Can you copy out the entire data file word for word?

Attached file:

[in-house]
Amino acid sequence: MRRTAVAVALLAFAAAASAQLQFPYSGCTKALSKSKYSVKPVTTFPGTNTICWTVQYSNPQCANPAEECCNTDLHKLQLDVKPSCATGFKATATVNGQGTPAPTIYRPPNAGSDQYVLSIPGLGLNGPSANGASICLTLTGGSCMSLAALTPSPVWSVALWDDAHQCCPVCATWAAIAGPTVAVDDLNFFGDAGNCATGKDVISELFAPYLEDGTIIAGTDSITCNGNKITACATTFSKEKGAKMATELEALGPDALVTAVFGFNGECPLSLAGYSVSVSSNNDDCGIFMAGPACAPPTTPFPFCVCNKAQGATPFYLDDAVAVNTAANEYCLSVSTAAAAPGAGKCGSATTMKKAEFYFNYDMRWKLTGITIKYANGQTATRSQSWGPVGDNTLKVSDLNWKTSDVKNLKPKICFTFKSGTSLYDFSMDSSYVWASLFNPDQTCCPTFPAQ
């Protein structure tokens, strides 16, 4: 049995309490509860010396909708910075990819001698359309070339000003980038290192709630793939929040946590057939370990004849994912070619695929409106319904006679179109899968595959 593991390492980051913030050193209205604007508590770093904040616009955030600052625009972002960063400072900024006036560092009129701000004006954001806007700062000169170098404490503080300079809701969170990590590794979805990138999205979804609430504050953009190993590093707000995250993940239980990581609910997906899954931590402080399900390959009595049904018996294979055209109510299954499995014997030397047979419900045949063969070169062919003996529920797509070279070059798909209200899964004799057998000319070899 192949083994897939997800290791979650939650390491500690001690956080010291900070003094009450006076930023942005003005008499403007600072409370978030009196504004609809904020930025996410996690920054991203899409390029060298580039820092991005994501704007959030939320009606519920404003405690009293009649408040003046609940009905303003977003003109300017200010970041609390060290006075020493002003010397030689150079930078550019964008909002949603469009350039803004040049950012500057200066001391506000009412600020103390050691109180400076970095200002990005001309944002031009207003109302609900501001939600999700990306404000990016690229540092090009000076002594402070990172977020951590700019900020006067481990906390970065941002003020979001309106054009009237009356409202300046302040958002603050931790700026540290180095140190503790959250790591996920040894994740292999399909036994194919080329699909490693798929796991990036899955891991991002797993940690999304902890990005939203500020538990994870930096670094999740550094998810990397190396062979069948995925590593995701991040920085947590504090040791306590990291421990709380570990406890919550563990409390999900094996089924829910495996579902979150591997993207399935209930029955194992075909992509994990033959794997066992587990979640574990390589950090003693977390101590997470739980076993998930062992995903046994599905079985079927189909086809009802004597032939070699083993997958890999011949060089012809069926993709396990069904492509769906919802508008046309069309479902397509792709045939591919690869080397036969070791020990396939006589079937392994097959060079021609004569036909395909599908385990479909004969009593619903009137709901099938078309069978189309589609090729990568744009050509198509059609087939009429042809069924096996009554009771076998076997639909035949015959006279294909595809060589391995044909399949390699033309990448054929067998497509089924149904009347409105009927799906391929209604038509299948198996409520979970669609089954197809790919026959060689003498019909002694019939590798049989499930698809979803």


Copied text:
[in-house]
Amino acid sequence: MRRTAVAVALLAFAAAASAQLQFPYSGCTKALSKSKYSVKPVTTFPGTNTICWTVQYSNPQCANPAEECCNTDLHKLQLDVKPSCATGFKATATVNGQGTPAPTIYRPPNAGSDQYVLSIPGLGLNGPSANGASICLTLTGGSCMSLAALTPSPVWSVALWDDAHQCCPVCATWAAIAGPTVAVDDLNFFGDAGNCATGKDVISELFAPYLEDGTIIAGTDSITCNGNKITACATTFSKEKGAKMATELEALGPDALVTAVFGFNGECPLSLAGYSVSVSSNNDDCGIFMAGPACAPPTTPFPFCVCNKAQGATPFYLDDAVAVNTAANEYCLSVSTAAAAPGAGKCGSATTMKKAEFYFNYDMRWKLTGITIKYANGQTATRSQSWGPVGDNTLKVSDLNWKTSDVKNLKPKICFTFKSGTSLYDFSMDSSYVWASLFNPDQTCCPTFPAQ
């Protein structure tokens, strides 16, 4: 049995309490509860010396909708910075990819001698359309070339000003980038290192709630793939929040946590057939370990004849994912070619695929409106319904006679179109899968595959 593991390492980051913030050193209205604007508590770093904040616009955030600052625009972002960063400072900024006036560092009129701000004006954001806007700062000169170098404490503080300079809701969170990590590794979805990138999205979804609430504050953009190993590093707000995250993940239980990581609910997906899954931590402080399900390959009595049904018996294979055209109510299954499995014997030397047979419900045949063969070169062919003996529920797509070279070059798909209200899964004799057998000319070899 192949083994897939997800290791979650939650390491500690001690956080010291900070003094009450006076930023942005003005008499403007600072409370978030009196504004609809904020930025996410996690920054991203899409390029060298580039820092991005994501704007959030939320009606519920404003405690009293009649408040003046609940009905303003977003003109300017200010970041609390060290006075020493002003010397030689150079930078550019964008909002949603469009350039803004040049950012500057200066001391506000009412600020103390050691109180400076970095200002990005001309944002031009207003109302609900501001939600999700990306404000990016690229540092090009000076002594402070990172977020951590700019900020006067481990906390970065941002003020979001309106054009009237009356409202300046302040958002603050931790700026540290180095140190503790959250790591996920040894994740292999399909036994194919080329699909490693798929796991990036899955891991991002797993940690999304902890990005939203500020538990994870930096670094999740550094998810990397190396062979069948995925590593995701991040920085947590504090040791306590990291421990709380570990406890919550563990409390999900094996089924829910495996579902979150591997993207399935209930029955194992075909992509994990033959794997066992587990979640574990390589950090003693977390101590997470739980076993998930062992995903046994599905079985079927189909086809009802004597032939070699083993997958890999011949060089012809069926993709396990069904492509769906919802508008046309069309479902397509792709045939591919690869080397036969070791020990396939006589079937392994097959060079021609004569036909395909599908385990479909004969009593619903009137709901099938078309069978189309589609090729990568744009050509198509059609087939009429042809069924096996009554009771076998076997639909035949015959006279294909595809060589391995044909399949390699033309990448054929067998497509089924149904009347409105009927799906391929209604038509299948198996409520979970669609089954197809790919026959060689003498019909002694019939590798049989499930698809979803």